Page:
“My question is: How is the F-35's cockpit better than the F/A-18E/Fs, and why did we even make the improvement?
Also, the F-35 has 55 buttons on its HOTAS system. Why does it have so many HOTAS-bound buttons when earlier jets like the aforementioned Super Hornet have less?”
You’re looking at the evolution of 60 years worth of cockpit design in these photographs, not to mention 60 years of evolution in fighter aircraft design, missions systems, and capabilities. One thing that is clearly visible in all of these photographs is the trending from the pilot as a stick and rudder guy to more of a weapon systems officer and a tactician. That is, cockpits and missions systems aboard modern fighter aircraft are handling much, much more of a routine and mundane aspects of flying an airplane and allowing the pilot to concentrate much more of his brain power on employing weapons, operating mission systems and concentration on the battle. In contrast, the jet and the computer hardware and software aboard are handling most of the aspects of flying the aircraft and translating all sensory influence and systems information. It can then display this onto easy to read, and understand, minimalist cockpit displays, which the pilot can call up and can set however he desires when is needed for a particular stage of a flight or mission.
As visible in a 1960s era F-4 cockpit, were computer power technology is nowhere near what it is today, all you could do was display the information, either on analog gauges or crude, monochrome CRT displays. The pilot would have to digest that information and make decisions accordingly. Combat experiences in Vietnam showed that there was only so much brain power. A fighter pilot could be called up under stress and in combat to use. Excessive amounts of systems with simply saturate the individuals, and potentially cause them to overlook critical elements of the fight that could kill them. General Robin Olds once commented that when they fenced in in Vietnam, i.e. crossing over in the enemy territory, that they actually started turning systems off in the F4 because they did more harm than good, and it allowed the pilot to concentrate on the battle better.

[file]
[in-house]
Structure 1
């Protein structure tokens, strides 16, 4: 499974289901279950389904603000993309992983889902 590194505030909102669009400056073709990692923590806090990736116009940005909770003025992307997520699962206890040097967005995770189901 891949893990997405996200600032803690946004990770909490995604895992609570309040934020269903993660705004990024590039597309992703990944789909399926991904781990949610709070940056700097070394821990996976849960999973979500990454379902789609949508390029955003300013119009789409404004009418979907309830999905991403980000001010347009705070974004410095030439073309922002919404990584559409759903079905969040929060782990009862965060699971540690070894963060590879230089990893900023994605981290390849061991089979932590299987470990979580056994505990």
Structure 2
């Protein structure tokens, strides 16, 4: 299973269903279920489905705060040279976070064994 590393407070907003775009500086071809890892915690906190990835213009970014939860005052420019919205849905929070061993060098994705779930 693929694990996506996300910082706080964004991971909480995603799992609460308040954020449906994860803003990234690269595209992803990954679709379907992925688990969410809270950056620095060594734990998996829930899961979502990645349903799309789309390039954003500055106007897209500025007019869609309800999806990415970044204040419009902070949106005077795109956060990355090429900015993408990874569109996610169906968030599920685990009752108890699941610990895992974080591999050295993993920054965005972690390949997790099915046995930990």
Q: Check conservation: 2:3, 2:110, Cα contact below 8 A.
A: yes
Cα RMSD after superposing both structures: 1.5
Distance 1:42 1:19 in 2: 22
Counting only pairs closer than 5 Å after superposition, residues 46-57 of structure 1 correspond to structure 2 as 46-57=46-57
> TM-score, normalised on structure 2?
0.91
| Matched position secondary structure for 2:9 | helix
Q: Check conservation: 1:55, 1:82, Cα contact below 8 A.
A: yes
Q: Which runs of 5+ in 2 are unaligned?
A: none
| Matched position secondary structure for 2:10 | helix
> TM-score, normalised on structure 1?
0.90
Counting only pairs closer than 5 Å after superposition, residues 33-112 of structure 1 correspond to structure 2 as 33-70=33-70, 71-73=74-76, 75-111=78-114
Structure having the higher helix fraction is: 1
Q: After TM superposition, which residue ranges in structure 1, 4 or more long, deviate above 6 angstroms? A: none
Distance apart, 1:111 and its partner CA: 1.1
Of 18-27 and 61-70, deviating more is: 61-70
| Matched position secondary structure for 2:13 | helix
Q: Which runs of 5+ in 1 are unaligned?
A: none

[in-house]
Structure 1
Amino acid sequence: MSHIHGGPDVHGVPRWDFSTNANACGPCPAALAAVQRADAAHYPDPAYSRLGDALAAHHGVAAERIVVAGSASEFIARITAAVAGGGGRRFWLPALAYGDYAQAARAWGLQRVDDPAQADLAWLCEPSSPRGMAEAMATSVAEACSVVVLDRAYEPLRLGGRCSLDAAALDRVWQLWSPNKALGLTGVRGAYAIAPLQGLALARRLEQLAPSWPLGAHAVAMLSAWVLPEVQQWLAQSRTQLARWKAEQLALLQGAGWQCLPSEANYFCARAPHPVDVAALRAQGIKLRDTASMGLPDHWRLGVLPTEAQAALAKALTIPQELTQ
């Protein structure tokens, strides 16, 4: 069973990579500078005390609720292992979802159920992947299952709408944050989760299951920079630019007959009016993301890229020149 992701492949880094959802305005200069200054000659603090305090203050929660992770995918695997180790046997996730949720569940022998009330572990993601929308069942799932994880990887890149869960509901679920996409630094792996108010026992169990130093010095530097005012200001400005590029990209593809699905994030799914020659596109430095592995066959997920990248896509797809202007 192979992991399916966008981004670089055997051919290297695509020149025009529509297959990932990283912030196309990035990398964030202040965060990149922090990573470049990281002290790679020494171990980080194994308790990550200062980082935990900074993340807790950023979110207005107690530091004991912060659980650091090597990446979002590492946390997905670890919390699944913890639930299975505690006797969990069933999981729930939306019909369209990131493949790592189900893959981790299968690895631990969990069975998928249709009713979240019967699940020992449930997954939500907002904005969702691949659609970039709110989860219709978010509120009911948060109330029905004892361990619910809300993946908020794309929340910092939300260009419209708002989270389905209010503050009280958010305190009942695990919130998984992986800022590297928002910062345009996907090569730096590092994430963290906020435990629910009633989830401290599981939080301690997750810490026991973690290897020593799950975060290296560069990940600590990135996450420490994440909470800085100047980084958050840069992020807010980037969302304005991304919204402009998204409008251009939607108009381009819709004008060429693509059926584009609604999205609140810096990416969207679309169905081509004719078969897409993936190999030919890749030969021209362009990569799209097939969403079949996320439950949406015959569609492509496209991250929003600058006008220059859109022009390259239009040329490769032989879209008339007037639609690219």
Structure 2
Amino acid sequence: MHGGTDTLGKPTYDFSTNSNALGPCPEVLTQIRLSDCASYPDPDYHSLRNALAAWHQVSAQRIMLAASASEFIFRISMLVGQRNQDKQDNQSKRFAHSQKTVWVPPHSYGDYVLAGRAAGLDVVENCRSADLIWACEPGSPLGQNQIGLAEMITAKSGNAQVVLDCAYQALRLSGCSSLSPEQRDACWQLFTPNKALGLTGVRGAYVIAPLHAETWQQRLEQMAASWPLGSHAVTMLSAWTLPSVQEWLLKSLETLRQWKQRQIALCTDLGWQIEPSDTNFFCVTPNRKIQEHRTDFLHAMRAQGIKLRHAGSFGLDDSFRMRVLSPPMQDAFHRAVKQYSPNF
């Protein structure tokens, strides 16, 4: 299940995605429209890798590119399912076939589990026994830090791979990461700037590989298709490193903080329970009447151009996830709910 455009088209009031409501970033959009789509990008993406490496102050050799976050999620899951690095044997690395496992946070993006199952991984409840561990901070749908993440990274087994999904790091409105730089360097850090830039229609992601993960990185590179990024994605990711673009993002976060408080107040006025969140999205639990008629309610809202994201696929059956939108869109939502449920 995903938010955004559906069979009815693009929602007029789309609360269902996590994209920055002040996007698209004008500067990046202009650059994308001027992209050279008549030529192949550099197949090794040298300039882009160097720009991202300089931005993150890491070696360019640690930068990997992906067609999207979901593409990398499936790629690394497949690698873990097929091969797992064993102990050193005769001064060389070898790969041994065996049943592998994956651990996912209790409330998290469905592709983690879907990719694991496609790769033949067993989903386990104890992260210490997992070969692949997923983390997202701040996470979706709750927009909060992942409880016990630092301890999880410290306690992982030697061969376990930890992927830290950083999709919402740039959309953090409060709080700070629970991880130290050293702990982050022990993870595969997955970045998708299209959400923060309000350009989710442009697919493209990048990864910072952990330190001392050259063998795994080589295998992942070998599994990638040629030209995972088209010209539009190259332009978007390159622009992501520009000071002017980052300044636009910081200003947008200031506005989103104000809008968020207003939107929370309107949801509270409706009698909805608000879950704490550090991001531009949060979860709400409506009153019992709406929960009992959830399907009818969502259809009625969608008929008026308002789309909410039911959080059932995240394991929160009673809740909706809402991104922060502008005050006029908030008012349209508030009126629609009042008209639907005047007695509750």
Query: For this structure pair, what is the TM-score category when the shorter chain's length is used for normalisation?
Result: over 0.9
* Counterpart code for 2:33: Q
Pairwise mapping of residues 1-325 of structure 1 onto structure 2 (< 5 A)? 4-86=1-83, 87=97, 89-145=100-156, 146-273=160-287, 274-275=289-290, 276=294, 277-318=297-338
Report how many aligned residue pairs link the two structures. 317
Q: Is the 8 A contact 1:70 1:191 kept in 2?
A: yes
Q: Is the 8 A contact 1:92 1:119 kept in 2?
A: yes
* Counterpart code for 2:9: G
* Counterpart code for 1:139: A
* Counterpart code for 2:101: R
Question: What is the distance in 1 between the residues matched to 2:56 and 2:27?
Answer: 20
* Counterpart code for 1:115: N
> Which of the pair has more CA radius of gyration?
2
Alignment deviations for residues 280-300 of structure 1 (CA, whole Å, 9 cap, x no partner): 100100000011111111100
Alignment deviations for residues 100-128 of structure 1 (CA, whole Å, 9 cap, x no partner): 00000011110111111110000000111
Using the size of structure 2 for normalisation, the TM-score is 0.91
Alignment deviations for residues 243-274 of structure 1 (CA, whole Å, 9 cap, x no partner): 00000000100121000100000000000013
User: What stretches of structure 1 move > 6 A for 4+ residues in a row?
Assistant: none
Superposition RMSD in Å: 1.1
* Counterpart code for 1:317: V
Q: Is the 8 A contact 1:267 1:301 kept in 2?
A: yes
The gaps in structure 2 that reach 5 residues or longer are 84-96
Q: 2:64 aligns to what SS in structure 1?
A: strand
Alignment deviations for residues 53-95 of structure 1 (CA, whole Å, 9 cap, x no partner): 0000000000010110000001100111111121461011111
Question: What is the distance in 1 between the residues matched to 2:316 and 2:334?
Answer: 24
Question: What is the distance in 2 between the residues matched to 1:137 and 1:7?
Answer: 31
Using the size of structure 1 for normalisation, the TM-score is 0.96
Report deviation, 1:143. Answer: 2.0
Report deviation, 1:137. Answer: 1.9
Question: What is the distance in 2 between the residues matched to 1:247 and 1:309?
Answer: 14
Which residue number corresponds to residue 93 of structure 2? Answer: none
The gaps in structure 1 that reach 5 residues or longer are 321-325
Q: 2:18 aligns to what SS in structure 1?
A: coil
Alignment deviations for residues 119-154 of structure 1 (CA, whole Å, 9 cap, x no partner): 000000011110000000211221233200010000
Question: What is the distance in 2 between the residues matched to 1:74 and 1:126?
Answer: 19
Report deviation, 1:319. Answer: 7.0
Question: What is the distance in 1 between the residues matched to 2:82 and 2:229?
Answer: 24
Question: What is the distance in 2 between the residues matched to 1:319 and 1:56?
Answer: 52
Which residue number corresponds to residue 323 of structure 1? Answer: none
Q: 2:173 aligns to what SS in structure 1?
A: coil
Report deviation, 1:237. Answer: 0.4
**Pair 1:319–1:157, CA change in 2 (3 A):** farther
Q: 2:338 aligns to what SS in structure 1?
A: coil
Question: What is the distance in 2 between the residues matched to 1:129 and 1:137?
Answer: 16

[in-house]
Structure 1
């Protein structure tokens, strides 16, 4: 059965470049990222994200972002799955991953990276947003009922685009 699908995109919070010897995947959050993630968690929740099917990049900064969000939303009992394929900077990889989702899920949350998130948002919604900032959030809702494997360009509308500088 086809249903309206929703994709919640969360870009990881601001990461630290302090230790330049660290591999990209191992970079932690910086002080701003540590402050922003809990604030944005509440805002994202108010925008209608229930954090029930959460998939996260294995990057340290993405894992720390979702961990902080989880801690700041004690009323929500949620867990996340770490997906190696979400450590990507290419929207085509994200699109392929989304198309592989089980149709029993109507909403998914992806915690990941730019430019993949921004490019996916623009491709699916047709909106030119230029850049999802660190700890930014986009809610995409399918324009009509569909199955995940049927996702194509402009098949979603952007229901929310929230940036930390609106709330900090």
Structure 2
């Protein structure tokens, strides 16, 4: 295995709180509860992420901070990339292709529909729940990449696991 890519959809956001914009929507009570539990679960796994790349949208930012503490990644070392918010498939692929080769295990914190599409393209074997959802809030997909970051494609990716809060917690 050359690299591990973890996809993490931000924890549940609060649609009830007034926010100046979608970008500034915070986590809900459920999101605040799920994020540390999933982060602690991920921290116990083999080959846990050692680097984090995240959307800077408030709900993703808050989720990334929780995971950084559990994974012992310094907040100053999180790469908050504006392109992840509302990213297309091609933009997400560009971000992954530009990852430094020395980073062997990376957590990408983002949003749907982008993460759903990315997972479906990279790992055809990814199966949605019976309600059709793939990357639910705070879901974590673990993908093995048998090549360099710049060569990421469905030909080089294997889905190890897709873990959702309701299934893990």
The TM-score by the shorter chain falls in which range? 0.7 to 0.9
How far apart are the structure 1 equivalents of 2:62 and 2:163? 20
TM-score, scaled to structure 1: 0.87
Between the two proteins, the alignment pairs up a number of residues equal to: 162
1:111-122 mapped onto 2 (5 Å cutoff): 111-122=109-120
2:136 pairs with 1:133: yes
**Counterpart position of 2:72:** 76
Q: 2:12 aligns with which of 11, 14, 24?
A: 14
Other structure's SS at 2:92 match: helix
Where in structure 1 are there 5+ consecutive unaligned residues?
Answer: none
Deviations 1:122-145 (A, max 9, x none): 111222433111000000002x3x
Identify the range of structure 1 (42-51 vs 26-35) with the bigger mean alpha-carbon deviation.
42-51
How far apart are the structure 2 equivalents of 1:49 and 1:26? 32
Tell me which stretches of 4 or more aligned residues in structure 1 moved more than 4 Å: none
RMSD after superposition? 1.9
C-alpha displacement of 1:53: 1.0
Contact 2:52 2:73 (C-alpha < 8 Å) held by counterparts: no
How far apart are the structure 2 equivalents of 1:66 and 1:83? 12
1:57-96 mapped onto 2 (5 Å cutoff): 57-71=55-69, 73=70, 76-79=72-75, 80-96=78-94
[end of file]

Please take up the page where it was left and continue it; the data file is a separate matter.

The F-18 cockpit is a classic example of lessons learned from the Vietnam conflict. Here computers have made considerable improvements in information crunching and can be used to handle many more tasks aboard. Other technologies, such as multi function displays, head-up displays and HOTAS controllers (a Hornet has about 40 or so buttons on the stick and throttle) helped digest more information and allow the pilot to better command the aircraft and its mission systems with his head out of the cockpit for better SA. Take this one step further with the F-35 cockpit combined with blazing fast computers, all glass touchscreen displays, HMDs, encrypted networking between other friendly assets in the battle space and the aircrews have far more systems and capabilities with much more brainpower available to use them. About 95% of the F-35 pilot’s activity in the cockpit can be concentrated on where he is and other assets are, where the enemy is, what threats are out there, how they are going to coordinate, and use their combine force to destroy them, and what weapons he wants to employ to do so.